Trial & Error. NBC. Tuesday, March 14, 10 p.m.
Fifteen years ago, when ABC was at the bottom of the Nielsen barrel, it briefly aired a mid-season replacement with the improbable name Wednesday 9:30 (8:30 Central), a workplace comedy set at a failing TV network where fortunes abruptly turn upward after the programming decisions are turned over to a chimpanzee. (The chimp's expertise was not, however, sufficient to save Wednesday 9:30 (8:30 Central), which soon expired and was unceremoniously buried in a remote spot of the Lost jungle set.) That was one of the few public airings of the deeply but secretly held Hollywood suspicion that television success and failure are completely random and programming bosses aren't worth their weight in bananas.
At NBC, however, we're seeing that theory quietly contradicted. Not so long ago, it was a basket case, the fourth-ranked network that sometimes fell to fifth in the Nielsen ratings if you counted Spanish-language Univision. Its programming was so bad that the suits in Burbank tried moving Jay Leno to a daily show in prime time to save the expense of five hours of scripted shows that would just have to be canceled anyway. NBC's sitcoms were the poster boys for its corporate desolation, their longevity counted literally in minutes: The Paul Reiser Show, despite its previously bankable comedy star, lasted just two episodes—44 minutes of airtime—before being euthanized, an act that TV critics throughout American criticized as 43 minutes too late.
Those days, very quietly, have ended. In 2010, after giving practically everybody but the Wednesday 9:30 chimp a shot at the job, NBC hired away Bob Greenblatt, the programming boss whose development of shows like Weeds and Dexter turned Showtime from a no-name afterthought to HBO into its fierce rival. And without much ballyhoo, he has turned NBC around.
It leads the Nielsen race this year among the 18-to-49 age demographic, the one advertisers drool over, and is behind only CBS in the overall ratings. And NBC sitcoms, from The Good Place to Superstore, are no longer a dog whistle signaling it's time to thrust a red-hot poker in your eyes.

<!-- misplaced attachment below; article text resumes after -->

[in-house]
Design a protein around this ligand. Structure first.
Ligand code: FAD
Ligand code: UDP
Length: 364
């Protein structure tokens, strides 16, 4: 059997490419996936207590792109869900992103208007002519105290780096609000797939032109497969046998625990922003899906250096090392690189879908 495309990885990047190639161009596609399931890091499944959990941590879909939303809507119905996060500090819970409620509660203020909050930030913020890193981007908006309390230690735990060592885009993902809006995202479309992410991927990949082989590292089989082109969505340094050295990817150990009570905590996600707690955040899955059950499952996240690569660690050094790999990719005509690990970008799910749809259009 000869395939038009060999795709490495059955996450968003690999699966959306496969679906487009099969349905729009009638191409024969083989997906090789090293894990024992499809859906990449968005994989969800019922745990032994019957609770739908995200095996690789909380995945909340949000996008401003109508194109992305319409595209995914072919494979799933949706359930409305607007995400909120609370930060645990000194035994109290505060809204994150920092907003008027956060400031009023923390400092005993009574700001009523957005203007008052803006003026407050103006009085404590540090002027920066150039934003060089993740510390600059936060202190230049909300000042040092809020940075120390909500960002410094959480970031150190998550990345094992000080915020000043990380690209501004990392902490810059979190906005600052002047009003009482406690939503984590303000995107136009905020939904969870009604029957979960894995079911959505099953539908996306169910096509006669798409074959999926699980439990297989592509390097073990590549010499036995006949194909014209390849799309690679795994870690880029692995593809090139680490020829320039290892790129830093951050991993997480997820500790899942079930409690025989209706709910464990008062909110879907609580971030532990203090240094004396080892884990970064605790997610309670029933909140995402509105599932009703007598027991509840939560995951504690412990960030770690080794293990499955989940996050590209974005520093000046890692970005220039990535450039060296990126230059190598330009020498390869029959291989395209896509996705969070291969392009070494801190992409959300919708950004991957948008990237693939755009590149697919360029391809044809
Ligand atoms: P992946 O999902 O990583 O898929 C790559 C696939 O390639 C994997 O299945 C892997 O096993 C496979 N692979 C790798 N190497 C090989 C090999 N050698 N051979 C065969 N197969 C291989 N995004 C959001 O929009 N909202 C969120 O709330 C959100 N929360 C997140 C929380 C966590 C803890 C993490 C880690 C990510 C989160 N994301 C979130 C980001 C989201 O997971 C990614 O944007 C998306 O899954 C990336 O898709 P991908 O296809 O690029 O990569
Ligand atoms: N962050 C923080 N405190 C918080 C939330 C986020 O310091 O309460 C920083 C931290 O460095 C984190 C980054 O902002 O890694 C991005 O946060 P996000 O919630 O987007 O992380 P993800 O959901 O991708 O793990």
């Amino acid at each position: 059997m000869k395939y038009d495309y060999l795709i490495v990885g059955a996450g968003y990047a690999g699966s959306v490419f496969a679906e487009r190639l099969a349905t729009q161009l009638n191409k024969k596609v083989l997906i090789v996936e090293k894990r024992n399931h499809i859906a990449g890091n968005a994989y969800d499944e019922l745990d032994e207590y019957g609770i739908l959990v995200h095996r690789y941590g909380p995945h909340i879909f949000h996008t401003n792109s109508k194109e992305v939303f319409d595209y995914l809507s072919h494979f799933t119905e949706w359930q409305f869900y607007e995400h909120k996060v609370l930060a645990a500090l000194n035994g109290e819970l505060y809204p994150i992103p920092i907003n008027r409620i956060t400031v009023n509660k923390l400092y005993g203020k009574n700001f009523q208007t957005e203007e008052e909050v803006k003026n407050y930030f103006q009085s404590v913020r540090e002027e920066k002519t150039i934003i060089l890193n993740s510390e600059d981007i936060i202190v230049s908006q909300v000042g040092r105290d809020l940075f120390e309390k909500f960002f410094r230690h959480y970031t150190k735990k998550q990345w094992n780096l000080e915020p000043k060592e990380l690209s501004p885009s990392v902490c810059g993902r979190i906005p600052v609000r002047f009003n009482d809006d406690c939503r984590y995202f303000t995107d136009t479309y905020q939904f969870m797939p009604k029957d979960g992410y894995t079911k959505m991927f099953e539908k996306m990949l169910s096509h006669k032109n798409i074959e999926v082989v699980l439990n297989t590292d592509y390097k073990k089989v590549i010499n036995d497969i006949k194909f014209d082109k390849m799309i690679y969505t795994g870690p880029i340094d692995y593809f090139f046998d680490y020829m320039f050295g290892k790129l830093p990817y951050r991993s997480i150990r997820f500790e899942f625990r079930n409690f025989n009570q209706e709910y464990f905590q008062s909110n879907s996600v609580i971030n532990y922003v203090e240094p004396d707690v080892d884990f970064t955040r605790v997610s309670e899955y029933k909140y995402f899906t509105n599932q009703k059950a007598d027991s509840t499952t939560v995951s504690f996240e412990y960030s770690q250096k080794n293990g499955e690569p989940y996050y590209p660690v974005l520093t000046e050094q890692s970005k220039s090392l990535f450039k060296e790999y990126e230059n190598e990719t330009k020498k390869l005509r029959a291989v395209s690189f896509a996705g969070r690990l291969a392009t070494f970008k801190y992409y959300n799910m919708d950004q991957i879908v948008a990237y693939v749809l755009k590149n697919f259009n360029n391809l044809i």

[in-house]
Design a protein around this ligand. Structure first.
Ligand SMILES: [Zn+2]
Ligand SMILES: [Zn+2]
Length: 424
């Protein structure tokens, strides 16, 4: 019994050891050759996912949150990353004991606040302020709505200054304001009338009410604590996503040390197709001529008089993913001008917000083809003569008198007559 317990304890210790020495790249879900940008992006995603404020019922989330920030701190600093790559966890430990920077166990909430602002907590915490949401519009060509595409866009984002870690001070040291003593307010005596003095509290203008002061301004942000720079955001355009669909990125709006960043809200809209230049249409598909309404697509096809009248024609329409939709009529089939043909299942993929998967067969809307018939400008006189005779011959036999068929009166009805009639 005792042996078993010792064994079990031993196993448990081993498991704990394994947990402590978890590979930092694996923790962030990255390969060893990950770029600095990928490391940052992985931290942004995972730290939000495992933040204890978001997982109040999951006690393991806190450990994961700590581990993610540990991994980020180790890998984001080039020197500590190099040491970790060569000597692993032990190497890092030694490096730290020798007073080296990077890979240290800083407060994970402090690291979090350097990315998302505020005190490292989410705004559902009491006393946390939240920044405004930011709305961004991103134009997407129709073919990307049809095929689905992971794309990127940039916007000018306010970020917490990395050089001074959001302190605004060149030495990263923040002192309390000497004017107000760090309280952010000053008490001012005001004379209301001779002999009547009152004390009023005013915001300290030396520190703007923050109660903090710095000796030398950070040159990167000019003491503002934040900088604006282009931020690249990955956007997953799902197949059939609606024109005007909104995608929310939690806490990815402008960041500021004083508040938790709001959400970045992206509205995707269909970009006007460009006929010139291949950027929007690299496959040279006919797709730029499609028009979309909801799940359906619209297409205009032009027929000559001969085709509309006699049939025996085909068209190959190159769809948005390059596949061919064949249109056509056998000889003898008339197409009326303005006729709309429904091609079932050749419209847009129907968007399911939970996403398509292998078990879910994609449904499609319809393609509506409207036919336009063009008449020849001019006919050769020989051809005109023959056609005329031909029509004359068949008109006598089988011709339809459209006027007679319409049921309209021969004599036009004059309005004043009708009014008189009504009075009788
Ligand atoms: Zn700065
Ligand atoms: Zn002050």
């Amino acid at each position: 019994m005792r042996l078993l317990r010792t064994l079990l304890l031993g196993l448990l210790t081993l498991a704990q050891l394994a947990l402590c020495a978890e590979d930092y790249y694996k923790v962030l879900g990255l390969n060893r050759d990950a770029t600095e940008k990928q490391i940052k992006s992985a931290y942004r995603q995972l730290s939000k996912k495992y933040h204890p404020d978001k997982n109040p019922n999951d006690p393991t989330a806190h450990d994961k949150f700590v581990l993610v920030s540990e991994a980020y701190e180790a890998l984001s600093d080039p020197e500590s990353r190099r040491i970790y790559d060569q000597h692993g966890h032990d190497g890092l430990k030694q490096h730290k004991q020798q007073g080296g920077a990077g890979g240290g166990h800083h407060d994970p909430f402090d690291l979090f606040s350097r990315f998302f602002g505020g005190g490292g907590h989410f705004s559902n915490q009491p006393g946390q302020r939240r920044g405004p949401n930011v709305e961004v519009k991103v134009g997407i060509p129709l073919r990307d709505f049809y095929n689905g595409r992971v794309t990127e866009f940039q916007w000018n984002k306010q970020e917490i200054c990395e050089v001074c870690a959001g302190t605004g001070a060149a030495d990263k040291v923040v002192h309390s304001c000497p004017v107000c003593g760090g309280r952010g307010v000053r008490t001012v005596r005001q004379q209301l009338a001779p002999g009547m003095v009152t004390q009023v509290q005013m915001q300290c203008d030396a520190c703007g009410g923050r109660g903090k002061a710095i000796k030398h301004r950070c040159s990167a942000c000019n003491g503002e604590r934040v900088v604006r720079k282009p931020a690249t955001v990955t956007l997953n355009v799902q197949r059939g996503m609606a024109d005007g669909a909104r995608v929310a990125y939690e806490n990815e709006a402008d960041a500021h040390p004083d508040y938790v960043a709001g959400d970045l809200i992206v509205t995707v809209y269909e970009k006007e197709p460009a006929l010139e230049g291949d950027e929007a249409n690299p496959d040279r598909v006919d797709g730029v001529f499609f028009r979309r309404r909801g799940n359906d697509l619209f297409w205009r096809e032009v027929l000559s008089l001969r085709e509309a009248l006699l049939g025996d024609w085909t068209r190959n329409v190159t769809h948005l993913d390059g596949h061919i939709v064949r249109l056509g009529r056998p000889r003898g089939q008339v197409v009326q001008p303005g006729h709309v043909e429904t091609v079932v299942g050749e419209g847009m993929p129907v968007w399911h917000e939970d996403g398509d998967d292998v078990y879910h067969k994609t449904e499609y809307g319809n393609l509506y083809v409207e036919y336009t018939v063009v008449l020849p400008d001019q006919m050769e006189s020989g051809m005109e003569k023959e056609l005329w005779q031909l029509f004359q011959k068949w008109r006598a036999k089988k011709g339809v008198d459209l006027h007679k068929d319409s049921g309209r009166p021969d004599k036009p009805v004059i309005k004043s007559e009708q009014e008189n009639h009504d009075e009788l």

And now you can add Trial & Error to the list of good signs. A sitcom about a young New York lawyer who by mischance winds up defending an accused murderer in a small South Carolina town, it's many things—a fish-out-of-water legal comedy like My Cousin Vinnie, a punchy mockumentary satire of deadpan Law & Order-style criminal-justice procedurals, an absurdist romp like Arrested Development—and all of them are reasonably funny.
Trial & Error stars Nicholas D'Agosto (Masters Of Sex) as the fresh-out-of-law-school attorney Josh Segal, whose big-time law firm uses him as cannon fodder when a potentially lucrative homicide defense implodes into a case that's not only pro bono but hopeless.
The defendant accused of murdering his spouse, a philandering poetry professor played by John Lithgow, has eccentricities verging on the sociopathic—he interrupted his 911 call reporting his wife's death to chat with a cable installer—and an unfortunate tendency toward forgetfulness. (Say, did I mention the still-unsolved death of my first wife?)
Beyond the more-than-possible guilt of his client, the other obstacles to Josh's defense efforts are a team that includes an investigator (Steven Boyer, Law & Order) fired by the local cops after fatally shooting up his own car and a bumbling paralegal (Sherri Shepherd, 30 Rock) whose dysfunctional mental quirks run the gamut from frequent fainting spells to an inability to remember faces so profound that she has to slap Post-It sticker name tags onto the rest of the staff. "I recognize penises, though," she says brightly, ever the glass-half-full gal.
And then there are the legal speed bumps of the town itself, which has kept its Buggery Act of 1789 on the books and where Death By Bear is the legally prescribed manner of capital punishment—one for which the citizenry seems to have a certain zeal. Not that the locals are unfriendly: When passing Lithgow in the street, they invariably greet him with a hearty shout of "Hope you die, wife killer!"
Call me crude, immature, and jejune—editors do, all the time—but I cannot help but feel a certain fondness for a show in which characters have names like Judge Horsedich. And any comedy casting Shepherd deserves special recognition. She's been in about a zillion sitcoms, even including Wednesday 9:30 (8:30 Central). Her finest comic moment, however, turned out to be entirely unintentional: While a regular on ABC's screechfest The View, Shepherd said she neither knew nor cared whether the Earth was round. That was followed by her second-finest comic moment: Told that Rosie O'Donnell said the flat-earth remark almost gave her an aneurysm, Shepherd replied humbly: "I'm honored."